Justin Rose admits that he’s now “into the do-it-now phase of my career” as he returns to the scene of his breakout performance in 1998.
At 36 he feels a quickening of the pace in his determination to get his hands on the Claret Jug, and wonders 19 years on why his incredible debut at 17 – and that hole-out from the rough on the 72nd hole, recently immortalised in a Lego animation – remains his best performance in the championship.
“When I look back I do marvel at how I was able to compete so closely down the stretch, and finished within two shots of winning an Open Championship at the age of 17,” he said.
“In some ways I look back and I try to model it, just the freedom I had that particular week, the confidence I had in my short game, the innocence in which I played the game.
“It was a glimpse into what my potential is. And when your final shot is made into becomes a Lego scene, by somebody very creative, that was the moment when you can show your children; my kids are 5 and 8 and my nephew is 3. You see them watch it and see how impressed they are.”
But after he went through the immediate aftermath of his emergence with a difficult few years, Rose has paid his dues only to have no real clear shot at the Claret Jug since.
“I think maybe the expectation for a number of years afterwards took its toll coming back, trying to live up to it,” he pondered. “I feel now, though, at this stage of my career I’ve sort of somewhat proved that that wasn’t a flash in the pan, so I can come back to The Open a little freer than I could for a number of years.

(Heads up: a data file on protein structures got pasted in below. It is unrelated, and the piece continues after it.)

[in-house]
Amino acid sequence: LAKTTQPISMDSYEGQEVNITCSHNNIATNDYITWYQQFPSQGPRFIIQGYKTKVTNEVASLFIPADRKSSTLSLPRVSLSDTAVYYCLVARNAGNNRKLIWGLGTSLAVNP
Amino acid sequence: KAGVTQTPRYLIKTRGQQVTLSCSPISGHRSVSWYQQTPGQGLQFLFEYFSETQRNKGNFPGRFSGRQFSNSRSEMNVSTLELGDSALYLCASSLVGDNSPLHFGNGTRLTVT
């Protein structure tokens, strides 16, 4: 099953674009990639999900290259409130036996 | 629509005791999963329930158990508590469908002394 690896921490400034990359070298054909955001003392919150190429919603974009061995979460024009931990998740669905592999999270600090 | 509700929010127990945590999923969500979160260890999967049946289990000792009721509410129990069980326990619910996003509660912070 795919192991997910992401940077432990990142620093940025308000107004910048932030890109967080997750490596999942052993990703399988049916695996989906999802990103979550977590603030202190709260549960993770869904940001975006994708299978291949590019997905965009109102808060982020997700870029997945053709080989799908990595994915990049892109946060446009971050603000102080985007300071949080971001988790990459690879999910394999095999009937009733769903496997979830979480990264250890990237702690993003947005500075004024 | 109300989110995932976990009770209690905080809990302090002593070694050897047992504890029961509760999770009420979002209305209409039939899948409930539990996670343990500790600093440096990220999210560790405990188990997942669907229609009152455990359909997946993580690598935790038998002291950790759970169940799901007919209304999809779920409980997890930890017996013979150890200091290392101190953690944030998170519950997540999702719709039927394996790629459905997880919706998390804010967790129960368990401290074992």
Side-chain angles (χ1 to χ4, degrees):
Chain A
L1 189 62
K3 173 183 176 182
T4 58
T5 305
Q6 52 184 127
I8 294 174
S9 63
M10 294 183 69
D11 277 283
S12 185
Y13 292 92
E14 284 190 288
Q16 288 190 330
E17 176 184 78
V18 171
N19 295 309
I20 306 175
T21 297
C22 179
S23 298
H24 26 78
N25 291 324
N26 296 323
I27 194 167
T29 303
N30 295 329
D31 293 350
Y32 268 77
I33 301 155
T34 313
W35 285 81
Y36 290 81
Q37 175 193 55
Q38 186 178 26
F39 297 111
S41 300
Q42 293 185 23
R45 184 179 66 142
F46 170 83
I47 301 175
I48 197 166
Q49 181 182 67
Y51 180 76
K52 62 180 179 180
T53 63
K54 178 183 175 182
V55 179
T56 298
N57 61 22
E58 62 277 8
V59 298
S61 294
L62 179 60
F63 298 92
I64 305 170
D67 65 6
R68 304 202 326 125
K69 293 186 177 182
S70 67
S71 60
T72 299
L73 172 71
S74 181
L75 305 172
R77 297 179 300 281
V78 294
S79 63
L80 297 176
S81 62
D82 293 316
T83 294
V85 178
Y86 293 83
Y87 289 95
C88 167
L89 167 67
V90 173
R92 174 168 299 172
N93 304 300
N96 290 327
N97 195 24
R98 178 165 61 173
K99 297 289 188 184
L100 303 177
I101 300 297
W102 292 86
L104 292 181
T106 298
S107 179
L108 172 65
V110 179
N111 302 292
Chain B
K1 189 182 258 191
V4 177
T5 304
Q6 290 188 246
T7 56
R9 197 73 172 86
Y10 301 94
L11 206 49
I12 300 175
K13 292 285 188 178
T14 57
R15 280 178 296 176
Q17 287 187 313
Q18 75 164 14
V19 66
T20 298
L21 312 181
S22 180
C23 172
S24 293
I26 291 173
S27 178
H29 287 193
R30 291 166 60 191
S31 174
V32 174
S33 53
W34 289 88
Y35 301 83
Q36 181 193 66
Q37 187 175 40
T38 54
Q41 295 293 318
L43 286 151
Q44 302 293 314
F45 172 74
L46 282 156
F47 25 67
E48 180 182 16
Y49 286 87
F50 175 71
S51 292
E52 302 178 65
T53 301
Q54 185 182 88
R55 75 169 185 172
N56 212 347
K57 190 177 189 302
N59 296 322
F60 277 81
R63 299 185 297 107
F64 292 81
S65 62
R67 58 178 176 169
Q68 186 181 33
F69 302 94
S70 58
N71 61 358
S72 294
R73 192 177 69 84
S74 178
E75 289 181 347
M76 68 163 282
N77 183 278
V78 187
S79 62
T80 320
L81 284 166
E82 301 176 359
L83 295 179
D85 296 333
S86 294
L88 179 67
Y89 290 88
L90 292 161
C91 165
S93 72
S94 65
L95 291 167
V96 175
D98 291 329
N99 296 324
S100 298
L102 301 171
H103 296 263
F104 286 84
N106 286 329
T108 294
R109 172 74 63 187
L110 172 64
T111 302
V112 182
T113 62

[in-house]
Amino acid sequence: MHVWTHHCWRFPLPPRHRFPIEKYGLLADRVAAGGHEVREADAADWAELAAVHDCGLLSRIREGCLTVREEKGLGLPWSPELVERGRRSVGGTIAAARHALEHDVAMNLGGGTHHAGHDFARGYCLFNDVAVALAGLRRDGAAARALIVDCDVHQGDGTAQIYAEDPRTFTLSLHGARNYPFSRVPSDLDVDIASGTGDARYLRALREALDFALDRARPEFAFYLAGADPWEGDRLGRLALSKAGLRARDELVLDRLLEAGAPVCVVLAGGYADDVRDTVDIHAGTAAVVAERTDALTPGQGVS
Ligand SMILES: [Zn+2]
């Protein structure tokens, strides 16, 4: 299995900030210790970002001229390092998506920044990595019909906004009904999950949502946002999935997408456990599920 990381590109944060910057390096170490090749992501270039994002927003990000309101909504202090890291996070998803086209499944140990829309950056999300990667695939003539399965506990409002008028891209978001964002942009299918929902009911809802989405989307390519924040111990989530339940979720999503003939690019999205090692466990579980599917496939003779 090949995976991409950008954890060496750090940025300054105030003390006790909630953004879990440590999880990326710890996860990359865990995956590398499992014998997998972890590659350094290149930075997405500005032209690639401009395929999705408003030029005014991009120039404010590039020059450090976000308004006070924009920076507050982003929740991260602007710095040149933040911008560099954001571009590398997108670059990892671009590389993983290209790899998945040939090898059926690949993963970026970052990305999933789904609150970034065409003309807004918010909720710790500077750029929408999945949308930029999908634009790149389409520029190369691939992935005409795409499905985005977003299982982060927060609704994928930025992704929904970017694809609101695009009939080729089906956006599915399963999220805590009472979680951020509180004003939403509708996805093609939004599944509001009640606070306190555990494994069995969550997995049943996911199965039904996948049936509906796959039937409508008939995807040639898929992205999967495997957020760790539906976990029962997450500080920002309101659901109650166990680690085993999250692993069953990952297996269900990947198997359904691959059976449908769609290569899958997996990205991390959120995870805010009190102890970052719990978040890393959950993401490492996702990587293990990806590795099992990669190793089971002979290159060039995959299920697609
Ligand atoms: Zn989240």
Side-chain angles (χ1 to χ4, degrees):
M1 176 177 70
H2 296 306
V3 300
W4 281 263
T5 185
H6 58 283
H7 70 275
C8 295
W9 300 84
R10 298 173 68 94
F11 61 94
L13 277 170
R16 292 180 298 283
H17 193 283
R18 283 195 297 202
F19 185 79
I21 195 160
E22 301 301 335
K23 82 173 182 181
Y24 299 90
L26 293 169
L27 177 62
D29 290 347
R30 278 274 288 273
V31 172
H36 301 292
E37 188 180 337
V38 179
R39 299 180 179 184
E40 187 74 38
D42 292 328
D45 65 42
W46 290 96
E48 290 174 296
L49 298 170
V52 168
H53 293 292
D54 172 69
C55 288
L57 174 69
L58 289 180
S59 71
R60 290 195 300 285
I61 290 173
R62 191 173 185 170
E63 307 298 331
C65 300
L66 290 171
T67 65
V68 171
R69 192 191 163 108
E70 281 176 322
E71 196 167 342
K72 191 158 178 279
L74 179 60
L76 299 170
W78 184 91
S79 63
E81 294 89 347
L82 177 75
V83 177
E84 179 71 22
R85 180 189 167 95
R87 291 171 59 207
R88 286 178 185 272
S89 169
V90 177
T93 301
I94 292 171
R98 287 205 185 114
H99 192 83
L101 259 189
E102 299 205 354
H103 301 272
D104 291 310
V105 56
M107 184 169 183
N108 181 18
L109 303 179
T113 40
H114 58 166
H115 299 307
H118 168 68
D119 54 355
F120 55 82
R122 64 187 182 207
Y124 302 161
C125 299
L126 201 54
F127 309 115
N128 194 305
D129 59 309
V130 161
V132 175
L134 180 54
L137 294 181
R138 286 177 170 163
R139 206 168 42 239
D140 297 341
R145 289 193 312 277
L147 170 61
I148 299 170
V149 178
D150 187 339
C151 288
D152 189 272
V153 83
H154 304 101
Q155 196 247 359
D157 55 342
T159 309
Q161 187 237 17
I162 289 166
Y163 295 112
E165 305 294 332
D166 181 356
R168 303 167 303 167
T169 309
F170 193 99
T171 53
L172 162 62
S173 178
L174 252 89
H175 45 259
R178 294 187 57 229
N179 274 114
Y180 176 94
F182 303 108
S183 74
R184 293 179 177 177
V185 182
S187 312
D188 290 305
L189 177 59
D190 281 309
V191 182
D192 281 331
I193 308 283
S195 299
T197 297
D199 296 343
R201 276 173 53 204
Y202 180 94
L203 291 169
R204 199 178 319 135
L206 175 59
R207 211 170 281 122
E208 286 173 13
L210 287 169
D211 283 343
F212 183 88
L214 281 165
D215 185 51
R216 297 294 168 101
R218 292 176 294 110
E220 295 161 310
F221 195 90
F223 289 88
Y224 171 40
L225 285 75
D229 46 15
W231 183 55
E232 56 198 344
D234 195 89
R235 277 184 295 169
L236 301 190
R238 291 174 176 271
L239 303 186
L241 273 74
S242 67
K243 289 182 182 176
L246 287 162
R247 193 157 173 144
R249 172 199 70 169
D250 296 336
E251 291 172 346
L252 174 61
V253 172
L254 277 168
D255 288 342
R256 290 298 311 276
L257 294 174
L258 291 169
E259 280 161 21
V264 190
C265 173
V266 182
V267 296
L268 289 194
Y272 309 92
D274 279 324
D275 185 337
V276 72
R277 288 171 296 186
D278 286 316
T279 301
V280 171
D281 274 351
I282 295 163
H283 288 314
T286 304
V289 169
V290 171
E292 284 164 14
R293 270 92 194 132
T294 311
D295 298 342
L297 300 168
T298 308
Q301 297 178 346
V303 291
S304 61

“I’ve had a few outside chances that I haven’t quite capitalized upon in the past, so the (Open) record doesn’t look good. But I feel that I’m at a stage now where I can put all those past performances behind me and refocus on a good week.”
It does feel unfulfilling for him, though, considering his history in the championship which pre-dates even 1998.
“I don’t want to say that if I don’t win this it’s going to be a huge sort of hole in my career, but it was the one tournament that even before I finished fourth here as an amateur, I got to final qualifying (at Scotscraig in Tayport) the age of 14 and created a bit of a story then,” he recalled.
“It’s definitely been a championship that I’ve had great moments in. And to win it would kind of close the book in a way on my Open Championship story. I’ve got plenty of years to try to tick off. There’s no rush, but certainly I’m into the do-it-now phase of my career.”
And the idea that the Open has statistically produced older champions than the other majors may yet help him.
“That makes a lot of sense to me,” he said. “There’s a lot of experience required to play links golf. I think it’s a form of golf you can learn to love over the years
“And length of the golf course isn’t really a big deal. The ball runs a long way, so the course can play relatively short.
“If someone learns how to control their ball flight, they have just as much distance off the tee as a long hitter who hits it up in the air. Creativity around the greens, great course management is incredibly important in an Open.
“Maybe older players have learned that skill and have a bit more patience.”